Acceptance and Commitment Therapy

Acceptance and commitment therapy (ACT) is a mindfulness-based behavioural therapy, which differs from traditional CBT in that, rather than trying to teach people to have greater control of their thoughts, feelings, sensations and memories, it teaches them to notice thoughts and judgements and to accept situations as they are, in the moment. Similar to CBT, it involves experiential exercises and values guided behavioural interventions (Harris 2008).

Mindfulness-Based Approaches

Mindfulness-based cognitive therapy was developed as a therapeutic approach by Segal et al. (2002), in response to the need for an effective, evidence-based treatment and relapse prevention method for depression. Similar to CBT, it is time-limited, collaborative, requires active participation of the service user, explores new ways of thinking and experiencing and the acceptance of things as they are, in the moment. It consists of an 8-week programme based on the stress reduction programme for the management of pain using mindfulness meditation (Kabat-Zinn 1994).

Kabat-Zinn (2004) initially developed the mindfulness-based stress reduction (MBSR) programme for individuals with chronic pain in the USA and, following the success of the 8-week programme, extended it to other chronic physical or life-limiting illnesses where stress and pain were intrinsically linked together. As above, this approach consists of experiential mindfulness exercises, active collaboration and commitment from participants. The mindfulness-based approaches have been welcomed by many professions, not only as a treatment approach for service users but also as a stress-reduction programme for staff. Such is the wide recognition of the MBSR programme that it is also used in the corporate world for stress reduction of staff (Fries 2007).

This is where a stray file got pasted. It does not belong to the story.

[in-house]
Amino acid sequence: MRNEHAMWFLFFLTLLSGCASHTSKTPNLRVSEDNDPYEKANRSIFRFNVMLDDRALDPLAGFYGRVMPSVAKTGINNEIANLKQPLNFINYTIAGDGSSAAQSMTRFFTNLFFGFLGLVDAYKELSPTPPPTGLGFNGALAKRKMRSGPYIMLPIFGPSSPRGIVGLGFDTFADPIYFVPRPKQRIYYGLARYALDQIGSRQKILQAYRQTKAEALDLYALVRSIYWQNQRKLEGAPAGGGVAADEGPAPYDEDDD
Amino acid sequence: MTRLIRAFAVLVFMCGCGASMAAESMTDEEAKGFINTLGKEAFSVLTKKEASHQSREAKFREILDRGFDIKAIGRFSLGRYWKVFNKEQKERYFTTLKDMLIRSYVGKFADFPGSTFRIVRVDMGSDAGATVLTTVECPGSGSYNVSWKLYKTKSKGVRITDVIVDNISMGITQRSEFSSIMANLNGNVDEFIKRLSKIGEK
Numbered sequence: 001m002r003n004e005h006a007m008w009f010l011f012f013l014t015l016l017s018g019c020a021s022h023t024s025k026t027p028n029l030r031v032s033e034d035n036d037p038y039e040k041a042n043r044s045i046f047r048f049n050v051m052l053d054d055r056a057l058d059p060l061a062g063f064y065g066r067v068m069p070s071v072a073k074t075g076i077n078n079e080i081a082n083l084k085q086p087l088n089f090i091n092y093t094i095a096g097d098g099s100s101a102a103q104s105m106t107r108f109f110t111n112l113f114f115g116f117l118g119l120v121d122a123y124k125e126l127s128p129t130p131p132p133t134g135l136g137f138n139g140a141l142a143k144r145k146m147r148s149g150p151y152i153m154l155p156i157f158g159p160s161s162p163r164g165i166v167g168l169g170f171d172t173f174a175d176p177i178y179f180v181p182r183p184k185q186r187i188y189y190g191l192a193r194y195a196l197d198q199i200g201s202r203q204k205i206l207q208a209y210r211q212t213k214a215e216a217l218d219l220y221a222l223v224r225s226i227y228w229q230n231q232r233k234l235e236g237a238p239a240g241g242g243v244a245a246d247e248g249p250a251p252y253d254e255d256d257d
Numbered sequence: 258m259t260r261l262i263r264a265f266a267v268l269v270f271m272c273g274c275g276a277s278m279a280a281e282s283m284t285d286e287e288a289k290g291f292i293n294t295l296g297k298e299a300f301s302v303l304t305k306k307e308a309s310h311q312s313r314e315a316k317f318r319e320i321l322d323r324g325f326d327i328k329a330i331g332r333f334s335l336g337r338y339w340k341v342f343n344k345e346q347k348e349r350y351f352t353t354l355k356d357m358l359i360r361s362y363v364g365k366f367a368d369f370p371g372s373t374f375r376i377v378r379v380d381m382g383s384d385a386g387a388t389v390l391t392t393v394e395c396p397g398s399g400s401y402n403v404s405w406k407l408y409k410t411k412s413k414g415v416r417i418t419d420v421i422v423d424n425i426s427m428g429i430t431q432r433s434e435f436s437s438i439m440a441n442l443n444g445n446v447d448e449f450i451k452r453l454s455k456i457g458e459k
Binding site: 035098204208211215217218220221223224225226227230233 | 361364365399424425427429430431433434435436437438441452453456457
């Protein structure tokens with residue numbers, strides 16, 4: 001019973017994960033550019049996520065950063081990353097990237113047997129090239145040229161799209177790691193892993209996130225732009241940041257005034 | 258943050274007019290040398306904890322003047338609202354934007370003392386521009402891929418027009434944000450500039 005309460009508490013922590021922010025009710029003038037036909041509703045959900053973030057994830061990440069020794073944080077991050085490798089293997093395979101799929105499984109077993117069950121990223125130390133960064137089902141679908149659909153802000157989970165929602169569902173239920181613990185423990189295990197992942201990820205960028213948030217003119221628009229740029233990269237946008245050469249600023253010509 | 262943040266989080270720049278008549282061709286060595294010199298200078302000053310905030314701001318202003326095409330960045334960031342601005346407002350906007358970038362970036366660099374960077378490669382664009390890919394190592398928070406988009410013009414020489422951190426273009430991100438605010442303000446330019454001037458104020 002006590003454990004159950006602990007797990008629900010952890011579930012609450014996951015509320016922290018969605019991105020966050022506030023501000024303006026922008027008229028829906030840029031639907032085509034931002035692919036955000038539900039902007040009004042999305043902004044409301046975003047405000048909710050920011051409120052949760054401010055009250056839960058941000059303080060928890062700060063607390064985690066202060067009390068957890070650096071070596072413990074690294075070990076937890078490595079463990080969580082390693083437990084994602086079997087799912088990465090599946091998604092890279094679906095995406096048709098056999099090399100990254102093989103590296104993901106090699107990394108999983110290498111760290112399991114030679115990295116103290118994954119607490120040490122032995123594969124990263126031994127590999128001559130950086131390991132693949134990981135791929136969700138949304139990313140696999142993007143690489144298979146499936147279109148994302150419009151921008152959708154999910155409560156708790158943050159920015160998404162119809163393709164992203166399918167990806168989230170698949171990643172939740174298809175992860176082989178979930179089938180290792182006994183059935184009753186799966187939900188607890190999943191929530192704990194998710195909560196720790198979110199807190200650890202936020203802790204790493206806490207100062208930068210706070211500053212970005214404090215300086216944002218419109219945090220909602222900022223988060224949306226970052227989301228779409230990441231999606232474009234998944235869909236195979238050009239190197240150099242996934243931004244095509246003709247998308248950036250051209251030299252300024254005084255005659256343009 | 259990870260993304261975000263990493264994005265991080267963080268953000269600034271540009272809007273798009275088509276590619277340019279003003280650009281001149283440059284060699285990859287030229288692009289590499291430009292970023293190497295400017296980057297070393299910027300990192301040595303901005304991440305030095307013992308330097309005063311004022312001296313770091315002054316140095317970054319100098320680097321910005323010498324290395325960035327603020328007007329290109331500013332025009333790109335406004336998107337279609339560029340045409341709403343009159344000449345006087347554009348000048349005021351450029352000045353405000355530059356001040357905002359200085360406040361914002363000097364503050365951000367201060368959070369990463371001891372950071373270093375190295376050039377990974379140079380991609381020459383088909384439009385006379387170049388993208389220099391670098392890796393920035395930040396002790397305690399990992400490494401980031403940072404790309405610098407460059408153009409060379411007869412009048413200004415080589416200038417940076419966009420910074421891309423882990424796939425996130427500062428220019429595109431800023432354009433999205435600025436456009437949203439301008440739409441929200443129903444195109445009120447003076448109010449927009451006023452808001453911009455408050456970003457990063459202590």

Schema Therapy

Schema therapy involves two phases of treatment. The first phase focuses on helping the individual identify schemas, to understand their origin in both childhood and adolescence and then to relate them to the current problem. The second phase uses cognitive, experiential/behavioural and interpersonal strategies to ‘heal’ schemas and to replace maladaptive coping strategies with more adaptive/appropriate behavioural responses (Young et al. 2003).